If that sounds so viscerally horrific as to be nausea-inducing, even in print, know that McKenna tempers this tale with comic relief. In her memoir and her live performances, she’s sure to cut quickly from her gruesome injuries to her supposed chief concern at that moment of near-death: The fact that, beneath her shorts, she wasn’t wearing any underwear. “I had no cell phone, no ID, and, Jesus Christ, no underwear,” she writes. “If I didn’t manage to stay conscious, I would become a whorish Jane Doe who rode a bicycle. I couldn’t go out like that.”
While humor is an insuppressible part of her personality, shifting from tragedy to comedy also became a coping mechanism for McKenna. The memoir began as journal entries she kept during her two-month hospital stay and four-month recovery at her parents’ home. Because the entries were private, the writing comes across as both surprisingly honest (see: no underwear) and hilarious (again: no underwear). “Almost dying, and the healing that comes after it, is totally heartbreaking,” McKenna says while discussing her memoir after the HiFi reading. “But I would get so fucking bored talking about all of the sad stuff all of the time.…Making light of a dark situation didn’t just make others more comfortable, it made me feel more comfortable.”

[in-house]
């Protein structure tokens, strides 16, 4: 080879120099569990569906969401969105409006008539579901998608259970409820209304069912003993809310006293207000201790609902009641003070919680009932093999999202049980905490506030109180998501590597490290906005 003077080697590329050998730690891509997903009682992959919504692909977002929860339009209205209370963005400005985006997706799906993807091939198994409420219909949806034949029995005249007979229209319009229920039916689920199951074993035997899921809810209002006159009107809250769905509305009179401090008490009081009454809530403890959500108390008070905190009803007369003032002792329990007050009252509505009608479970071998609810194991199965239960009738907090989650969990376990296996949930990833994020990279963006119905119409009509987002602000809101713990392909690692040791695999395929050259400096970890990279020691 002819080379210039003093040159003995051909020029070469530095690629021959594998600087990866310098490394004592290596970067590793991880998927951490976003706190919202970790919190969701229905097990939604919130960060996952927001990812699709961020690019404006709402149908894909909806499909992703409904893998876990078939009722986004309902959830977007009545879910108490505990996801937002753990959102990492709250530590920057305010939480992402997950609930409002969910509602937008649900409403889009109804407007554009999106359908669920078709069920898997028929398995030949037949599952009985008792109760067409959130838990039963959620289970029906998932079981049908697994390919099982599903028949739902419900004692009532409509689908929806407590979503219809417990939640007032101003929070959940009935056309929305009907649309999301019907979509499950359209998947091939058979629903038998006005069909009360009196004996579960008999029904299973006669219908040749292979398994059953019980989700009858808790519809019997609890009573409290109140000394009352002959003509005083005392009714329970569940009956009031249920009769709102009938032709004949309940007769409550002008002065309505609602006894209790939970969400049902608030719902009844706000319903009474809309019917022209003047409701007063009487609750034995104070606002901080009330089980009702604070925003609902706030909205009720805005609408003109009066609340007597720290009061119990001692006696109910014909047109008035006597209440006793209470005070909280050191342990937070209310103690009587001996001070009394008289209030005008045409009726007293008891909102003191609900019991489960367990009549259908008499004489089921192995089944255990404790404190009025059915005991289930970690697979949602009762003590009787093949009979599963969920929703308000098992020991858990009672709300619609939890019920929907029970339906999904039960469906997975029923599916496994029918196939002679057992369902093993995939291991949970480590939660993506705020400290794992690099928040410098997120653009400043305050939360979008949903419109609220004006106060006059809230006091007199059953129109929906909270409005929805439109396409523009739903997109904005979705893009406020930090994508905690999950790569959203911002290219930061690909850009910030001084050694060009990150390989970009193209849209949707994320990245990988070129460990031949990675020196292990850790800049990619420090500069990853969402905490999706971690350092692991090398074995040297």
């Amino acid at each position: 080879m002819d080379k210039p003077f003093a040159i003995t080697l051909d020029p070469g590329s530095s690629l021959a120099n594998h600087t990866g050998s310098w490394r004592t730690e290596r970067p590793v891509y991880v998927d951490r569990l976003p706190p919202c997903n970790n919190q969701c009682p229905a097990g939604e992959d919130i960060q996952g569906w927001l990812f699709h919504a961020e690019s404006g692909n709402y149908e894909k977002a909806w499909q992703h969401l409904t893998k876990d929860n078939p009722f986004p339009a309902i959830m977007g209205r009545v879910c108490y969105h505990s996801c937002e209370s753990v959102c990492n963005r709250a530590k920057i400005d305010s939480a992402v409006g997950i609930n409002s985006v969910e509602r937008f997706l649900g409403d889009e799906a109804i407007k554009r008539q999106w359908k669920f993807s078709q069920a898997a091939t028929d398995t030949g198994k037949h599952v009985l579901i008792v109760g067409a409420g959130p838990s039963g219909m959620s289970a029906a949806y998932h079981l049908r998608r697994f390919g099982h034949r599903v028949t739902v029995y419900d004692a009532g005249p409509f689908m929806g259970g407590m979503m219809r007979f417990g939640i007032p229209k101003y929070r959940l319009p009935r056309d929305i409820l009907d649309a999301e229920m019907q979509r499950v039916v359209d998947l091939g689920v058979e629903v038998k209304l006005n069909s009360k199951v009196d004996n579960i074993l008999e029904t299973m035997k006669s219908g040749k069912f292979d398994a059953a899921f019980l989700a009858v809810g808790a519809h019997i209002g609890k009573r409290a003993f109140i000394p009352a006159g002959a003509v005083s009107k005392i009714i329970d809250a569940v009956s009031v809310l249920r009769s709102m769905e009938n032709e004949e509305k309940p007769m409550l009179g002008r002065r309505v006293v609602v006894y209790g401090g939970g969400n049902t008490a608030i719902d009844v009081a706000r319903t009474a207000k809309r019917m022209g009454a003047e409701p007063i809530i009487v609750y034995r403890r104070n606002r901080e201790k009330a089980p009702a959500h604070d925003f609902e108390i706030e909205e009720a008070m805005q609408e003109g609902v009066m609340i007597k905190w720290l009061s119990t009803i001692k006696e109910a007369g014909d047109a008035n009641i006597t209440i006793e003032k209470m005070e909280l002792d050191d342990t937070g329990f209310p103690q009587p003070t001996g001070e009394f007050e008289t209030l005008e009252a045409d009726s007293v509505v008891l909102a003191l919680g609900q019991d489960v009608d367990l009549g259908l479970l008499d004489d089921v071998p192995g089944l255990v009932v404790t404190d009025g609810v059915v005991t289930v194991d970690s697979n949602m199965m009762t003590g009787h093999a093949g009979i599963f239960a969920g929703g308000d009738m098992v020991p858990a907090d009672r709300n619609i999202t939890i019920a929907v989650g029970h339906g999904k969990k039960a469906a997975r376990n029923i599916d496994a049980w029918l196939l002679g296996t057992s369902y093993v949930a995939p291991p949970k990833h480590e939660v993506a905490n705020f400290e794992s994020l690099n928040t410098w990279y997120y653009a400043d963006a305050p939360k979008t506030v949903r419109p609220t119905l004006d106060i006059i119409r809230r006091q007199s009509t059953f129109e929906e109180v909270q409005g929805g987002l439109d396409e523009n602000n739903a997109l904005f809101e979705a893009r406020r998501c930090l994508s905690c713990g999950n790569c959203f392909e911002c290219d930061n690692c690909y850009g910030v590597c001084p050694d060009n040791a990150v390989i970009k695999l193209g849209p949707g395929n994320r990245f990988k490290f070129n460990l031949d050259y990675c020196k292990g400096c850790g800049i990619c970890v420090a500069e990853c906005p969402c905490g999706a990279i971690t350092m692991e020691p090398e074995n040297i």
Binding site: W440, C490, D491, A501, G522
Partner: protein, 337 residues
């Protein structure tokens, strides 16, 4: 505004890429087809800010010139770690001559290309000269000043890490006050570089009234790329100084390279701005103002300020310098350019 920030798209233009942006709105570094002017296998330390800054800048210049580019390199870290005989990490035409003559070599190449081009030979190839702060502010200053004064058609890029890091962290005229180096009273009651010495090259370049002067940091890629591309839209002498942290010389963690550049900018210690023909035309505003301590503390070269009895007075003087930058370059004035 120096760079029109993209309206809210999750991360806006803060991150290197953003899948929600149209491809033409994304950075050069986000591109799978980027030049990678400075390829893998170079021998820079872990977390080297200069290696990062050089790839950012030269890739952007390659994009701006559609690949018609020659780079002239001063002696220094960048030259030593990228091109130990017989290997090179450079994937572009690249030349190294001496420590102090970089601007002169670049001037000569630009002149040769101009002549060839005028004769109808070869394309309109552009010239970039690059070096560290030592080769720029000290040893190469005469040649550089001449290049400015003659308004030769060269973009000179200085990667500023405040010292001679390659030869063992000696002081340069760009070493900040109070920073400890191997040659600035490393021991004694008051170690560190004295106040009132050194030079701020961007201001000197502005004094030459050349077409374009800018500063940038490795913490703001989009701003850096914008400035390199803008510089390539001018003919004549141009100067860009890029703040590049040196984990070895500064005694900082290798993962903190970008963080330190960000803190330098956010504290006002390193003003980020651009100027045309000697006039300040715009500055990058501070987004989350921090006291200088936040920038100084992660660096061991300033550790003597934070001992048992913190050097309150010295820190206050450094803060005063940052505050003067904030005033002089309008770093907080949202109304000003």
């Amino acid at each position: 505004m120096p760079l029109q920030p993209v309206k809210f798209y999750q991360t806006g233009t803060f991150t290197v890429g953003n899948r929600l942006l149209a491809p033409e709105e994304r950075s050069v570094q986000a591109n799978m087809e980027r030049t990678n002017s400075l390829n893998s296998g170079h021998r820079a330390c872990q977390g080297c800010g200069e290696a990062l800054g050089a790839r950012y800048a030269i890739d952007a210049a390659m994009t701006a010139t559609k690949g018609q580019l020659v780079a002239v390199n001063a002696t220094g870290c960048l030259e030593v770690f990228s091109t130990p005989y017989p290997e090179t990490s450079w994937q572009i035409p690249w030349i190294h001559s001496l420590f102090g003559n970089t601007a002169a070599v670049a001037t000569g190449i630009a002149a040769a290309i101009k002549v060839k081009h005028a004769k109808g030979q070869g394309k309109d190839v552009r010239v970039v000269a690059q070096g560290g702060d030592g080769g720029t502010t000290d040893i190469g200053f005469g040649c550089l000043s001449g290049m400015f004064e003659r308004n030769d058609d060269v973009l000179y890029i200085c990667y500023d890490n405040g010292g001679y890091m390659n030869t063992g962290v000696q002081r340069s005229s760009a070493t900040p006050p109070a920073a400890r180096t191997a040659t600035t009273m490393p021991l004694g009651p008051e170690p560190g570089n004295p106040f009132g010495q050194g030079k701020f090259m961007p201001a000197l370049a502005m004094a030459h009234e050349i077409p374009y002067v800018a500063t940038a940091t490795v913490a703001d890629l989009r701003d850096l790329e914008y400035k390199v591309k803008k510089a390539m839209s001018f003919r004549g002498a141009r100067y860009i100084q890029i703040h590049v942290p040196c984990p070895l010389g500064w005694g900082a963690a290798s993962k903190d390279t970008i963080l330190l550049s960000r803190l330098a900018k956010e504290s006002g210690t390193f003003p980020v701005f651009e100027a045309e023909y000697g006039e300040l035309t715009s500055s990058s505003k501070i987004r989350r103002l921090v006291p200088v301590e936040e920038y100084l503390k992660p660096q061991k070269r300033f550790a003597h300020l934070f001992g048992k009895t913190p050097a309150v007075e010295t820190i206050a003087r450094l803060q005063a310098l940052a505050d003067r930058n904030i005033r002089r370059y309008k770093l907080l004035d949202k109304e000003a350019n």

How to Get Run Over by a Truck details not only McKenna’s physical recovery (following innumerable procedures and months of physical therapy, her injuries are no longer apparent, but the memoir also recounts the psychological and spiritual hardships along the way. She describes seeing a therapist to address the dozens of flashbacks she was experiencing daily. She discusses the difficulty of reconciling her Catholic faith with her new, often cruel reality. She explicitly states how she wants to tell off everyone who thinks she should “be grateful” for her survival: “Instead of being dead, hanging out in heaven with the angels and Jesus and all the other nice kids who died too young, I am lying here, unable to move, listening to you explain how grateful I should be.…Go fuck yourself.”